Regional Environmental Change

, Volume 15, Issue 7, pp 1299–1311 | Cite as

Food security in the island Pacific: Is Micronesia as far away as ever?

Original Article

Abstract

Food security in the Pacific, especially in Micronesia, has worsened in the past half century. Agriculture, fishing and local food production have declined, except in the most remote islands, especially in peri-urban environments. Diets have incorporated more processed and imported foods, because of prestige, accessibility, cost and convenience, at financial, social, environmental and nutritional cost to countries and households. Non-communicable diseases have grown rapidly throughout Micronesia. Household expenditure is dominated by imported foods, especially rice. Food security requires more adequate market access, but national resource bases are limited, and government intervention and policy formation are both weak and exhibit urban bias in unusually fragmented states. Climate change is likely to further hamper local food production. Household has negotiated multiple livelihoods across international boundaries with national and household incomes boosted by remittances, which may become a distinctive key to achieving improved health and nutritional status.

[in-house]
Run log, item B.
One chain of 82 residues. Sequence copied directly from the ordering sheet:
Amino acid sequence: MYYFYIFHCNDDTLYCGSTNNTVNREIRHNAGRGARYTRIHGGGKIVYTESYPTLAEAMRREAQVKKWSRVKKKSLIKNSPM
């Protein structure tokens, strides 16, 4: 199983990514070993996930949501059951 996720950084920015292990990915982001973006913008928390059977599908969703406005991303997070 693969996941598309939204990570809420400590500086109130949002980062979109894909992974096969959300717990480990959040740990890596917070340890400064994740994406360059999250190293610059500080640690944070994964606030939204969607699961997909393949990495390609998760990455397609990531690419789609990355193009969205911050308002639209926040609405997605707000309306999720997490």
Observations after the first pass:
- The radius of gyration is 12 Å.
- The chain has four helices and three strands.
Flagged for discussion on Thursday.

Keywords

Food Nutrition Pacific Micronesia Islands Incomes Livelihoods 

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Copyright information

© Springer-Verlag Berlin Heidelberg 2014

Authors and Affiliations

  1. 1.School of GeosciencesUniversity of SydneySydneyAustralia

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